To A Place I Am Sure Doesn'T Belong - Poem by Robert Rorabeck
Heads of tallow now bonfires,
Little busses circling her wrists where lions jump:
Her tears are the little showers of
Girls lockers they get naked in, victorious after
And where am I, and why are they not singing about
Me- a picture of Dorothy in my pocket
I will not return,
All of my friends smoking and telling little
Secrets in the white washed huts in the waves.
I hear them singing better from the good side of my face;
And you can pay for the parade and walk down the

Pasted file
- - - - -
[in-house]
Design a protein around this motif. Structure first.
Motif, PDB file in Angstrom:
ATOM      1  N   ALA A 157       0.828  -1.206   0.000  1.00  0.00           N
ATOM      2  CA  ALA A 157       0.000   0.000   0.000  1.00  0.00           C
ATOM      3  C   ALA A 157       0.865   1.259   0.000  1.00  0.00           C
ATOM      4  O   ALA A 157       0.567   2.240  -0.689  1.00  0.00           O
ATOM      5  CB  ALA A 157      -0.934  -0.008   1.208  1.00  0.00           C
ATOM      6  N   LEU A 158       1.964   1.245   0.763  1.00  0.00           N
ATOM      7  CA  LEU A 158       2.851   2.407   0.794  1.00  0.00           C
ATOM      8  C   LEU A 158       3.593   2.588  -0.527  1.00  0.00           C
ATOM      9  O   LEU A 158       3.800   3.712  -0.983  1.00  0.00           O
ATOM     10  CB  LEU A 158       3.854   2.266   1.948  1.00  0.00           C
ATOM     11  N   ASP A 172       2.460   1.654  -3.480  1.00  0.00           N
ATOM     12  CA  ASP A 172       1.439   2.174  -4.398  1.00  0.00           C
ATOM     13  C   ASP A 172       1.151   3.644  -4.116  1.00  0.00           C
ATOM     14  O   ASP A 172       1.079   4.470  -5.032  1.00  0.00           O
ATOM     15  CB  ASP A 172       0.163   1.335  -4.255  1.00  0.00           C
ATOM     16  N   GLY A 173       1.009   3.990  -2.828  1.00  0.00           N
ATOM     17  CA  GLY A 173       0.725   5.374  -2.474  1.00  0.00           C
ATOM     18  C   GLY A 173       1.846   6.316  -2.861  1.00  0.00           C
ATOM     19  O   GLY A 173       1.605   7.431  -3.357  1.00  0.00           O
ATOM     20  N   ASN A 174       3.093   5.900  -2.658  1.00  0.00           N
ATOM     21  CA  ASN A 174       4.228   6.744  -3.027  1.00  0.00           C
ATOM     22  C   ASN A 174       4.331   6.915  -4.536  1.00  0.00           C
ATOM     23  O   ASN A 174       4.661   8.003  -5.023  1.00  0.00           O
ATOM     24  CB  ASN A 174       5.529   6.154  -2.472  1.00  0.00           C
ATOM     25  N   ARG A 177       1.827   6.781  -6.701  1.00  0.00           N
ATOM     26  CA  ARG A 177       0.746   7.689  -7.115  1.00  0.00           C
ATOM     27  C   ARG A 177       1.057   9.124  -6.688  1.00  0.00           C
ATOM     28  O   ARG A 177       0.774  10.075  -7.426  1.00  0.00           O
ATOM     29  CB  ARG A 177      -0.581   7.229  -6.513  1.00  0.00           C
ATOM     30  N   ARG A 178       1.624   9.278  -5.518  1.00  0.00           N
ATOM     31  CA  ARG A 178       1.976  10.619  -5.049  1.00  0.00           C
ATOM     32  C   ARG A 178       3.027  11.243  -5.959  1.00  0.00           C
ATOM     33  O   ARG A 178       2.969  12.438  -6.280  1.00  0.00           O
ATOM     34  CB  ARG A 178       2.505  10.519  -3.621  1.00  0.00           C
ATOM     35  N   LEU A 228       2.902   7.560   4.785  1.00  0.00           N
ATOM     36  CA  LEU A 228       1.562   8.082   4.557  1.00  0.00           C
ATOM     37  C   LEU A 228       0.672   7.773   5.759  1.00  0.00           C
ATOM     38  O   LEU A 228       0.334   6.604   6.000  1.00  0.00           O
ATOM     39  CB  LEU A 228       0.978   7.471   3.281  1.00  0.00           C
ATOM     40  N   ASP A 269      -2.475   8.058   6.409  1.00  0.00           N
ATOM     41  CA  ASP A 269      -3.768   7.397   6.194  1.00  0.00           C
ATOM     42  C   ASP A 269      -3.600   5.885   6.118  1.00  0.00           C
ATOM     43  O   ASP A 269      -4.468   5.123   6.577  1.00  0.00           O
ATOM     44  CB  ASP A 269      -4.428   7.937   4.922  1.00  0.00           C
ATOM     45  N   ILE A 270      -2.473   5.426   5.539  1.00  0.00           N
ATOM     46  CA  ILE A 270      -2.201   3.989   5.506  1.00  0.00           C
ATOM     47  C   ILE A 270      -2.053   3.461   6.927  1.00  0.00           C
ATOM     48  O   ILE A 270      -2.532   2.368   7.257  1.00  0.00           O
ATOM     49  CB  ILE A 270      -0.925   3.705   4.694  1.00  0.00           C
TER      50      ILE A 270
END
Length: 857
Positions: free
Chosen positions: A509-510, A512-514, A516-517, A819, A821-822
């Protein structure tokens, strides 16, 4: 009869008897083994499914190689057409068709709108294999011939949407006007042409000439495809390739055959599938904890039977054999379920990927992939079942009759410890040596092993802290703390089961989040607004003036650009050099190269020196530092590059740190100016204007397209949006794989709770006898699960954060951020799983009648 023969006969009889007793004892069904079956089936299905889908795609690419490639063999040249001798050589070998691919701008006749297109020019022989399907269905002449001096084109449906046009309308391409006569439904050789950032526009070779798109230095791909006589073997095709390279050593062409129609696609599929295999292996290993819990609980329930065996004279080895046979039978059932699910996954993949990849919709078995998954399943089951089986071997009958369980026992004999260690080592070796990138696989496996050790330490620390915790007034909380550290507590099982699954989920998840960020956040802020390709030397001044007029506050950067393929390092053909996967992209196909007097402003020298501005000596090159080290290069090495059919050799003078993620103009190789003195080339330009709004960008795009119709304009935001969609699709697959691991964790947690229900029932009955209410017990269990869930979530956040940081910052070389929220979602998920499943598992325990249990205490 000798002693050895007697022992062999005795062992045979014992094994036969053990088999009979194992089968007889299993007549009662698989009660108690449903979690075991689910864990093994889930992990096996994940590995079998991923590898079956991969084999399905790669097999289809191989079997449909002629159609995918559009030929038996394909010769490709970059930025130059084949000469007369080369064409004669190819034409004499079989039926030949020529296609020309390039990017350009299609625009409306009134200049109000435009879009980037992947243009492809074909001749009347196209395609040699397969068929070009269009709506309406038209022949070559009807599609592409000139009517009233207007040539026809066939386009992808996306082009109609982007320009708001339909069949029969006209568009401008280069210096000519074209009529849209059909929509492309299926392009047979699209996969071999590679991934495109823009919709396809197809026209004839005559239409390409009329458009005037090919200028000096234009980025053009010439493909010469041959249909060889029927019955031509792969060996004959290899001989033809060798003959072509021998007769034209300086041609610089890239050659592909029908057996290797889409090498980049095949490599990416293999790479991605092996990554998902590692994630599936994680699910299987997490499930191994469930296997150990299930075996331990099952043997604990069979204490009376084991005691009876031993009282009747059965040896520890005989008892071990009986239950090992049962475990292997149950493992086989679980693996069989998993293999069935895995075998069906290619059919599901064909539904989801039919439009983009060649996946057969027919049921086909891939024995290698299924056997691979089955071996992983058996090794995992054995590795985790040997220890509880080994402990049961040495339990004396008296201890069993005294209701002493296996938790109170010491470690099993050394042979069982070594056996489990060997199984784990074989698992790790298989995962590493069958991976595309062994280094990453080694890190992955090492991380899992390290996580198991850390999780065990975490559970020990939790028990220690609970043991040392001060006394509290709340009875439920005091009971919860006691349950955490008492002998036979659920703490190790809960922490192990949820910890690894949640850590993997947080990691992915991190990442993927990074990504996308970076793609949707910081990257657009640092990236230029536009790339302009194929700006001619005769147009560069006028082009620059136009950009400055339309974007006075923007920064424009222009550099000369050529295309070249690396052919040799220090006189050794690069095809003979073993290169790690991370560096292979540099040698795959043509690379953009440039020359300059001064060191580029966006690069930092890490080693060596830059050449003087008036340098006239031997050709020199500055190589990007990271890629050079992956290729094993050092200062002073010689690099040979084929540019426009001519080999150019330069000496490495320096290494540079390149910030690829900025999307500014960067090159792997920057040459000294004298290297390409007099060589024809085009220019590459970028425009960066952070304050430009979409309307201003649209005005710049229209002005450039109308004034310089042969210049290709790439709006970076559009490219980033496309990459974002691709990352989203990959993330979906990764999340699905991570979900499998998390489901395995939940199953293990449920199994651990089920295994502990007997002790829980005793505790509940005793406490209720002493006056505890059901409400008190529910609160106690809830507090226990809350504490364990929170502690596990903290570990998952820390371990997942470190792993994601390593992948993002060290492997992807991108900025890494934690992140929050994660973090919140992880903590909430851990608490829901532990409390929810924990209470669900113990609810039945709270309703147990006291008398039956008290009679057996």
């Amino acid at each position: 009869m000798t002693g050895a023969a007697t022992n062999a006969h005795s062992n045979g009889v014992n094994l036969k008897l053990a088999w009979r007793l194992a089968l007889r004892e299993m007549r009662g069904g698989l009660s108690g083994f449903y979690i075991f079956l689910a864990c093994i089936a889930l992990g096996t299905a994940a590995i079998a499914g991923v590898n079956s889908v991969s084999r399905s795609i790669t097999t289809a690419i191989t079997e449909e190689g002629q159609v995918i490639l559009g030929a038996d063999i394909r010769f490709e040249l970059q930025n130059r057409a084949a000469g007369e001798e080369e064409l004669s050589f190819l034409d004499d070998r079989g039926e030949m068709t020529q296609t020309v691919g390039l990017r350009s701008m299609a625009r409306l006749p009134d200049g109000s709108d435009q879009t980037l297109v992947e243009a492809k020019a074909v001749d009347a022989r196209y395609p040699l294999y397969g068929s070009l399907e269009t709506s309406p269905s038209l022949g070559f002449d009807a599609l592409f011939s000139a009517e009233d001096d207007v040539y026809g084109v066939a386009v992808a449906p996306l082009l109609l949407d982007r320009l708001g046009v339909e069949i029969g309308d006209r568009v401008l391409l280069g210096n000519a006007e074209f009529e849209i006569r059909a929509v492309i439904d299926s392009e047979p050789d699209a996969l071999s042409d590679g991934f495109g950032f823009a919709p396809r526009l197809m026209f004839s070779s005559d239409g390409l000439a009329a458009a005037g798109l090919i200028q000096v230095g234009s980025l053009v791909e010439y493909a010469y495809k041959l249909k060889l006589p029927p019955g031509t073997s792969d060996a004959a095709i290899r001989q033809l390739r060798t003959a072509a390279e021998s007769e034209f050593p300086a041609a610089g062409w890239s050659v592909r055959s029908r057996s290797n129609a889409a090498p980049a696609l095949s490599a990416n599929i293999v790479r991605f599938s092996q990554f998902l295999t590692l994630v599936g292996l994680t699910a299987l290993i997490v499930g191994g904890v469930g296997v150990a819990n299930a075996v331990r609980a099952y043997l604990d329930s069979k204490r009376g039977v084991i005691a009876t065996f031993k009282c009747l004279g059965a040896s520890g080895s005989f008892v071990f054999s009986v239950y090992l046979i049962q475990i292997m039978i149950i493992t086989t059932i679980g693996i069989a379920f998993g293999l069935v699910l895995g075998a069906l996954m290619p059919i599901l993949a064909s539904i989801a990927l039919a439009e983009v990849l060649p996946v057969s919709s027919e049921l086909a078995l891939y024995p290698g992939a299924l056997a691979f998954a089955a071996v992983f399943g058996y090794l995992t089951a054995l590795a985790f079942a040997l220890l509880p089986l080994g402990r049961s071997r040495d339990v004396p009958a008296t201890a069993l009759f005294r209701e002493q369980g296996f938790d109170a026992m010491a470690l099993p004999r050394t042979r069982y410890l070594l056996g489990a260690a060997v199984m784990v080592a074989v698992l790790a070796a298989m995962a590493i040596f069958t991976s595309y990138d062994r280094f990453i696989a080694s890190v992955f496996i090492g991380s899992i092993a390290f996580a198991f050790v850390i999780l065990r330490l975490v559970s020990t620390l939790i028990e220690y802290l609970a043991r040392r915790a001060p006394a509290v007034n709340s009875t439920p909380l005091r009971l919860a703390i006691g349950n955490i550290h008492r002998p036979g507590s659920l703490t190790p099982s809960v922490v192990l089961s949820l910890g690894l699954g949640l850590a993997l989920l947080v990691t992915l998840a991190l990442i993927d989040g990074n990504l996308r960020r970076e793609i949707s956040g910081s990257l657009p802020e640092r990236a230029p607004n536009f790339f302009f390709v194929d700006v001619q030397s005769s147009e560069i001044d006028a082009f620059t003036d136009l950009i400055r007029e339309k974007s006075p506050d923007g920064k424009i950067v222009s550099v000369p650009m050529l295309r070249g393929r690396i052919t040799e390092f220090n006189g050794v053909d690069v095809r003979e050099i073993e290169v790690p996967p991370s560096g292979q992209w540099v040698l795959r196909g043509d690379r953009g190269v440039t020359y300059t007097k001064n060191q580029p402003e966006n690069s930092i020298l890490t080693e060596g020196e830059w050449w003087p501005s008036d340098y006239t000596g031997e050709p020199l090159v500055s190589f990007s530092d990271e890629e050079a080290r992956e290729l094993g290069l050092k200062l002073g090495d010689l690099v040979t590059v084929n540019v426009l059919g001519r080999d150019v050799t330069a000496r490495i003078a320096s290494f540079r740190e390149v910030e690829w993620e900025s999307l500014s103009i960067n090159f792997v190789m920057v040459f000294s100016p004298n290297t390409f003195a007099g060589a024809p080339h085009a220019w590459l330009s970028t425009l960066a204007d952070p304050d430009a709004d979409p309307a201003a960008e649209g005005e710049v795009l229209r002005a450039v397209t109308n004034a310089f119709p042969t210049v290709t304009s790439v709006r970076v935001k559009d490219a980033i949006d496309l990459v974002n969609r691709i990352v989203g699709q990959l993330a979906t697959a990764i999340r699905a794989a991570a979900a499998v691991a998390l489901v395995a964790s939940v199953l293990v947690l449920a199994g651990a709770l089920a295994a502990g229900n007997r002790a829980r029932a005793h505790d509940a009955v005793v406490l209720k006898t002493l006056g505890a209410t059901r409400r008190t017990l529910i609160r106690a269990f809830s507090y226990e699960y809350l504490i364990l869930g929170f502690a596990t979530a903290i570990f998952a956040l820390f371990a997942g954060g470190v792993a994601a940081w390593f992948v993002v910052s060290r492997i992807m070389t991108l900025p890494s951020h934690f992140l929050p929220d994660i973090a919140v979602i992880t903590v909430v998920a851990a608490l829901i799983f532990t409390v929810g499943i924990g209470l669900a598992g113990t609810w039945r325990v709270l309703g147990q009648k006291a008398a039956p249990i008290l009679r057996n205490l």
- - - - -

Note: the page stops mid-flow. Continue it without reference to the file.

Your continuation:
Street with them, and ride on pasifinos with boys
Who can do simple illusions; I don’t
Care: I toss airplanes like coins in the sky, and
I don’t even need to fold them.
Everything has lost its apoplexy and drunken from the
Fountain of youth, and the conquistadors are having
Sleepovers and now I cannot sleep:
The beautiful woman I murdered and buried underneath the
Roses in the garden of my novel,
I named Gloria, but now she has awakened up as if
Fireflies had burned away her print,
But got sick off her and now are dying amidst the coral and
Shells along the path leading up through the aspens,
And to a place I am sure doesn’t belong.
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